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Principles of Sociology/Radical Center Initiatives

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The discussion below is based on The Radical Center: the Future of American Politics by Ted Halstead and Michael Lind, both fellows at the New America Foundation (, an influential non-partisan public policy institute

For the first time in American history, a majority of the eligible voting population identify as independents, aligning with neither of the two major parties or any of the other available partisan options. Even in an election that is as controversial and allegedly historically significant as this one, most voters seem disgusted with both the Democratic and Republican parties and the candidates they have nominated for our highest political office. Only around half of this population regularly turns out to vote in presidential elections. This electoral “de-alignment” shows that no political entity in our nation has had the capacity to unite a majority of citizens in a lasting coalition for quite some time now. Instead, we have a “duopoly” of two antiquated, constantly feuding, and largely un-compelling giants. These two beasts have been captured by extreme special interest groups within their party ranks and thus are unable to articulate a vision that might motivate the majority of citizens to take an active part in the political process; not just to vote for the “lesser evil”. Between infighting and constant skirmishing with the other big party, neither has the ability to carry out necessary information age reforms of our antique social contracts. In such a climate, what direction do politics in America need to move in order to address the search for new, innovative solutions to our most pressing and seemingly intractable social problems?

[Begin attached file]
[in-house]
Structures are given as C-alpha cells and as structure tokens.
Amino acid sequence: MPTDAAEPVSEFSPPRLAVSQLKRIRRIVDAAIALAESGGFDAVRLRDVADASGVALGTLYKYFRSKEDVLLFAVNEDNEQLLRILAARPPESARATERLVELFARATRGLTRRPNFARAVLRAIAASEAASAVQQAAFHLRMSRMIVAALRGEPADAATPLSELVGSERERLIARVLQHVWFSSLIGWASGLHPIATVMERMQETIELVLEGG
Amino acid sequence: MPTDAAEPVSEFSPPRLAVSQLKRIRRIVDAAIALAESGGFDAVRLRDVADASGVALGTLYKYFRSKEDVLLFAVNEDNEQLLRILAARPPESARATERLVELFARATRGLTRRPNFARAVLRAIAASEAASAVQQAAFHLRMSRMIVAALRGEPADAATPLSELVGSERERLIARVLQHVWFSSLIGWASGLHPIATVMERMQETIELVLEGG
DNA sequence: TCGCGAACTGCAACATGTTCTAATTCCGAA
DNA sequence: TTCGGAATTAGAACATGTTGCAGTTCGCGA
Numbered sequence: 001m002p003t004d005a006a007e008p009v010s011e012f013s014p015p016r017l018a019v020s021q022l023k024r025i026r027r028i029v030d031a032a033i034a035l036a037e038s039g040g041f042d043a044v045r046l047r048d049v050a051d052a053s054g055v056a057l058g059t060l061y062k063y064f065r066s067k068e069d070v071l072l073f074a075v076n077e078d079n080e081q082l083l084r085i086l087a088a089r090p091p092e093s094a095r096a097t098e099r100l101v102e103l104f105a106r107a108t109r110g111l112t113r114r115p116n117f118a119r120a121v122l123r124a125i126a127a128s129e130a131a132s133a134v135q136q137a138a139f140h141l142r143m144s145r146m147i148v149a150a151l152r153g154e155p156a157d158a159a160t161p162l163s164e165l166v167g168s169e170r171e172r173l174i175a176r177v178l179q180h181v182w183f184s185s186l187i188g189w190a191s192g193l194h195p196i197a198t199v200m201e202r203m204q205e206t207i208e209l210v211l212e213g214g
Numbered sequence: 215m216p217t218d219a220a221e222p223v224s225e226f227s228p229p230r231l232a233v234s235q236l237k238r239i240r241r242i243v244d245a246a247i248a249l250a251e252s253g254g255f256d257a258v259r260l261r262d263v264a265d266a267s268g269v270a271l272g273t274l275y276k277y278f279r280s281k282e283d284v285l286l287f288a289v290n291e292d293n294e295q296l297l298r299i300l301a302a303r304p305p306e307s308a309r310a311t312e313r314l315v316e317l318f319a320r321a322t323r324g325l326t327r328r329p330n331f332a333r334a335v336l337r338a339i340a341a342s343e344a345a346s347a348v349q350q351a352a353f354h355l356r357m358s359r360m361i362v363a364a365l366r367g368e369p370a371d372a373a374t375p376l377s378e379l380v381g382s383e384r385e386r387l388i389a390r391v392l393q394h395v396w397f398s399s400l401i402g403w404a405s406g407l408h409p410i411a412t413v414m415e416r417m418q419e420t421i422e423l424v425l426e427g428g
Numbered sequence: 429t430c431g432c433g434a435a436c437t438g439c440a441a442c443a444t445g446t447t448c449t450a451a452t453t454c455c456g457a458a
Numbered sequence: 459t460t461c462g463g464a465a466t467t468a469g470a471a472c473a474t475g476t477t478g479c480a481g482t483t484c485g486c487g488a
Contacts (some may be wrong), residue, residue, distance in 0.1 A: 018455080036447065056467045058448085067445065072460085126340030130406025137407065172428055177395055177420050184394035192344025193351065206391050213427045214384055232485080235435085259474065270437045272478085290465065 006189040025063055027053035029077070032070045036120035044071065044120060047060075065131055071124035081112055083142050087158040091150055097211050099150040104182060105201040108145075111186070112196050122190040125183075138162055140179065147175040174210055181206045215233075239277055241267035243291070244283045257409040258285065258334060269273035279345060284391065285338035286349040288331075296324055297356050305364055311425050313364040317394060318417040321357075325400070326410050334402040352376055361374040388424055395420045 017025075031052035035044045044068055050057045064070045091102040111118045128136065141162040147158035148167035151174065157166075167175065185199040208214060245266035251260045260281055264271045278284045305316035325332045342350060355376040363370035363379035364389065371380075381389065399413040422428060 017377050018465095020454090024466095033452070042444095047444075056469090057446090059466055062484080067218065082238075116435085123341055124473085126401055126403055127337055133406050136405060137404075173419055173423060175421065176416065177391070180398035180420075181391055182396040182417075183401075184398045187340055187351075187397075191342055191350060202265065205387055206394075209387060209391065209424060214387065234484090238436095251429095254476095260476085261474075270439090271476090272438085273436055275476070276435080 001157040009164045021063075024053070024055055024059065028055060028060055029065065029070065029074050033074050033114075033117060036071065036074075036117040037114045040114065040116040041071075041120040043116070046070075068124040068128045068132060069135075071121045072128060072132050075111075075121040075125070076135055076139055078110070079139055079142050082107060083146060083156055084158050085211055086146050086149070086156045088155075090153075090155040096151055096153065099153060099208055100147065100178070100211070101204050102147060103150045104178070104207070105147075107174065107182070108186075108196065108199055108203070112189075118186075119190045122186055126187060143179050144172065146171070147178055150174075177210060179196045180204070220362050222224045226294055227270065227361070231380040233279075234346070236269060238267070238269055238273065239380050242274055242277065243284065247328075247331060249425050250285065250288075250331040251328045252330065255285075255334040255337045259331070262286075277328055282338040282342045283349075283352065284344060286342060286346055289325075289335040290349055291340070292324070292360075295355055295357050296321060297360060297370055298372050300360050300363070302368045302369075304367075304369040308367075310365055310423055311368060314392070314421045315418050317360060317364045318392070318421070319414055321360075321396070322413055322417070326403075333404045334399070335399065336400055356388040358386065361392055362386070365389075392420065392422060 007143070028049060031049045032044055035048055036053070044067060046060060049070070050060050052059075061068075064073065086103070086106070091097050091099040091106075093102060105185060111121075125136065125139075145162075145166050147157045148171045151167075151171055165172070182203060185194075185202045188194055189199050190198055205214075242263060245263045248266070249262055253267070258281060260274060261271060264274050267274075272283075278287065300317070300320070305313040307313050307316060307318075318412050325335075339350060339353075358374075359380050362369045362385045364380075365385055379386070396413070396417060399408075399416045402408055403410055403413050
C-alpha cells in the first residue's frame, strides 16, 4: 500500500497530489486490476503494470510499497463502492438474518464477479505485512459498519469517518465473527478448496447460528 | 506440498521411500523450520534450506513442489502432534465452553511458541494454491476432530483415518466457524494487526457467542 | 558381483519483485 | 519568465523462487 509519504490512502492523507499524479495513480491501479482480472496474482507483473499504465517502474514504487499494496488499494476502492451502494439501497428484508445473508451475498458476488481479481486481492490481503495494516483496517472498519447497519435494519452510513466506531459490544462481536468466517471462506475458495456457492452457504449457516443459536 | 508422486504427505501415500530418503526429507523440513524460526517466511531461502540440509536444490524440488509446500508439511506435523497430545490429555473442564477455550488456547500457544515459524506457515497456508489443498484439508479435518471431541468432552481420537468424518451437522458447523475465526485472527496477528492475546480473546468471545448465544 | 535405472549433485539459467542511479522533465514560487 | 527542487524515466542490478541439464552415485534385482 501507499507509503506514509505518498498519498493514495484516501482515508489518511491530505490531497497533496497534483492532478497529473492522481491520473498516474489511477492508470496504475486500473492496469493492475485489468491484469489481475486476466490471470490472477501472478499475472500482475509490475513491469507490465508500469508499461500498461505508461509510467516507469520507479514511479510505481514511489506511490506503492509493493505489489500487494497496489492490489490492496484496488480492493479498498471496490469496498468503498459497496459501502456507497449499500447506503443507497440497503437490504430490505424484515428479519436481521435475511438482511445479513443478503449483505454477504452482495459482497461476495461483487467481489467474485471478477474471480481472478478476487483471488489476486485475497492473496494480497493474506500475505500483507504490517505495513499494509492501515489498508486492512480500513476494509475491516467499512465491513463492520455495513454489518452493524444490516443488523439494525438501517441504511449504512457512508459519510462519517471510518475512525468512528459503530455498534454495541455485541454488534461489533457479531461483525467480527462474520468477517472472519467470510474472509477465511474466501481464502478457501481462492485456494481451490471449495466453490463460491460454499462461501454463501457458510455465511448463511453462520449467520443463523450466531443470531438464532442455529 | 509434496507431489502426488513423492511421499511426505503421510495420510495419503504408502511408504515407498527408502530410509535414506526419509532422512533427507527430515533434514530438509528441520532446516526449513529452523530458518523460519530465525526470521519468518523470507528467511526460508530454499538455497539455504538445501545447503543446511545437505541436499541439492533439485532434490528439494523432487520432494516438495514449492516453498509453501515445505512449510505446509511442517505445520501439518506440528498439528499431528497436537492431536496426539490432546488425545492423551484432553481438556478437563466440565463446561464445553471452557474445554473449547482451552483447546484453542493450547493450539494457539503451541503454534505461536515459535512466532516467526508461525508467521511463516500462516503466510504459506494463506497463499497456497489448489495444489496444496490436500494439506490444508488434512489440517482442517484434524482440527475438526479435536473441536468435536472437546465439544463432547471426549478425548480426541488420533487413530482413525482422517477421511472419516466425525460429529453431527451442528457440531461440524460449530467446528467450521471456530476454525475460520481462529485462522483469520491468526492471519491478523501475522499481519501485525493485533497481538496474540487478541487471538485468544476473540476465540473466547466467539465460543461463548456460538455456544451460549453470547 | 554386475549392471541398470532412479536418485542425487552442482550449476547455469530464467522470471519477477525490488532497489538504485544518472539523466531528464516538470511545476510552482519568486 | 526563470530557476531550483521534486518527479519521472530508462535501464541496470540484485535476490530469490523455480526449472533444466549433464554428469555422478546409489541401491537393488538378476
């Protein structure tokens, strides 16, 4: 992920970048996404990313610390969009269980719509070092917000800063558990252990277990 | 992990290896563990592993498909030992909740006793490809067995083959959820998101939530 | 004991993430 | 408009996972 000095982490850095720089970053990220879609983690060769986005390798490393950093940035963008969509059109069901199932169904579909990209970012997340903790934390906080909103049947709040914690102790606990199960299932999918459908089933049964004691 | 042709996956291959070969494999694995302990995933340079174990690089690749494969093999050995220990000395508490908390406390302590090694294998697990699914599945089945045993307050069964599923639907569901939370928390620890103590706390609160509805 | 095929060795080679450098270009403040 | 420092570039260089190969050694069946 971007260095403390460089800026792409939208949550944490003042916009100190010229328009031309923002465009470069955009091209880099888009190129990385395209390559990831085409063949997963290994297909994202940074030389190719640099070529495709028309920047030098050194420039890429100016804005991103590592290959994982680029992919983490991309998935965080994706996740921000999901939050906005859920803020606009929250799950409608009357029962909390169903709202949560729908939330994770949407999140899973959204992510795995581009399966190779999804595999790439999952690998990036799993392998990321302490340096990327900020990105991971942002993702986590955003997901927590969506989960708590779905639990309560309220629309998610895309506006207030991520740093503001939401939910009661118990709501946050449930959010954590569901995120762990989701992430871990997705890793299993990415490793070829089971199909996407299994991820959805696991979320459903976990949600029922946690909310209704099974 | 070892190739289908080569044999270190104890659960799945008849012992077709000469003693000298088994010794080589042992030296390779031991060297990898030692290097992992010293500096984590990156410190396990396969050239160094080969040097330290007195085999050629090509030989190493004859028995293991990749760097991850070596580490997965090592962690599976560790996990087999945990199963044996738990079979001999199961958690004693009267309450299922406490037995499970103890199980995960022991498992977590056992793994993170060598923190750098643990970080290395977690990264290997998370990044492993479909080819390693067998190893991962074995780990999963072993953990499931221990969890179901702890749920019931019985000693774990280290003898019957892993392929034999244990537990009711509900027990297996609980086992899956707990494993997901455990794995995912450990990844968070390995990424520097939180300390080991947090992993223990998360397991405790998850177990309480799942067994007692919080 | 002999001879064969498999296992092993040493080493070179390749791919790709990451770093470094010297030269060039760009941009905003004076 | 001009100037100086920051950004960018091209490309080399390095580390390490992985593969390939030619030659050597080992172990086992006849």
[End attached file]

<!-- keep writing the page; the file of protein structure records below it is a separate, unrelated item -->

Domestic Problems Facing America Today : Social Security insecurity, disproportionate aging of the population, immigration-induced economic effects, health insurance, poor public education in primary and secondary schools, income inequality, two-party stagnation

Broad Ideas of the Radical Centrist Agenda :

• Information Age America is distinctly different from our last great historical era, New Deal America , though most of our social institutions remain holdovers from that period and its predecessors (like Reconstruction America)

• Our public philosophy hasn't changed much - freedom to enrich oneself through hard work, freedom from oppression and destitution, freedom of public/private association - but our material realities have, so we must change our social infrastructure

• New technologies have brought us the potential of yet greater freedoms, but we must have both expanded choice and security to fully explore them, thus we must give our citizens greater choice – in voting, education, medicine, and their careers – however, a society will resist innovation so long as it is unable to implement means to mitigate the painful transition period

Economic Innovation Demands Social Innovation :

• Creative destruction is increasing at a startling pace because our economic productivity requires constant innovation

• Workers need to be able to change jobs without devastating lapses in income or insurance; without a security net to ensure these basic needs, voters will pressure politicians to safeguard outmoded jobs and industries, thus stagnating innovation

• An Information Age social contract must link all benefits to individuals rather than to employers or intermediate institutions

• More jobs are short-term because less employers want to offer insurance benefits, which are fiscal and administrative hassles

• Less and less of the population has adequate health insurance, this is especially concentrated amongst lower income groups

• A single-payer universal health care system like all other industrialized nations use has some disadvantages as an alternative – necessary rationing, killing the private insurance industry, and the lack of a private medicine market would retard innovation

• Instead, like we do with automobiles, make a basic private insurance plan mandatory for all who can afford it and provide government subsidization for the most needy who cannot – rich citizens could still purchase private “luxury” insurance plans

Social Security Reforms:

• Demographic forces in the baby-boom generation and medical technology (contraception/longevity) threaten social security

• The existing pay-as-you-go intergenerational transfer model is unsustainable in a slowly growing population